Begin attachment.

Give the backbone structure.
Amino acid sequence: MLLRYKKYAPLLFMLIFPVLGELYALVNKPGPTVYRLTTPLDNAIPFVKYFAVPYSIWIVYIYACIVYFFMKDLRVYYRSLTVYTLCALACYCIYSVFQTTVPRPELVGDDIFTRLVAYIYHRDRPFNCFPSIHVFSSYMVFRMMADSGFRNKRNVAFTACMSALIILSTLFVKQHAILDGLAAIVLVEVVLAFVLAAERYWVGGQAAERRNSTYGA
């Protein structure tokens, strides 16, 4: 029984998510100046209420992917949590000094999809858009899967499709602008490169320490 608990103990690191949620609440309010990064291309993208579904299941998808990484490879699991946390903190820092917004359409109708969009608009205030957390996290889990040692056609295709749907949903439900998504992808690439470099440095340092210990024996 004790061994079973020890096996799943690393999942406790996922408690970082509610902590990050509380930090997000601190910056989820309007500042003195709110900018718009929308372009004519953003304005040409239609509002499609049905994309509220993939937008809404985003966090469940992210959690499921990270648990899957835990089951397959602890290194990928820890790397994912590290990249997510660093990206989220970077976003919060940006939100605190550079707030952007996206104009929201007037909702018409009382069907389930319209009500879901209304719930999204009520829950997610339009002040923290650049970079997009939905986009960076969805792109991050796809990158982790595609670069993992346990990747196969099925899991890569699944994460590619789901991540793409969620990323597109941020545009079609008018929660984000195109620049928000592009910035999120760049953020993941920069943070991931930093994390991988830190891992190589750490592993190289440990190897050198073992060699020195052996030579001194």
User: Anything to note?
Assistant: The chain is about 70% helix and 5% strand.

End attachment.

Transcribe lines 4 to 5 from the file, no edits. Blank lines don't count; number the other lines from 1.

User: Anything to note?
Assistant: The chain is about 70% helix and 5% strand.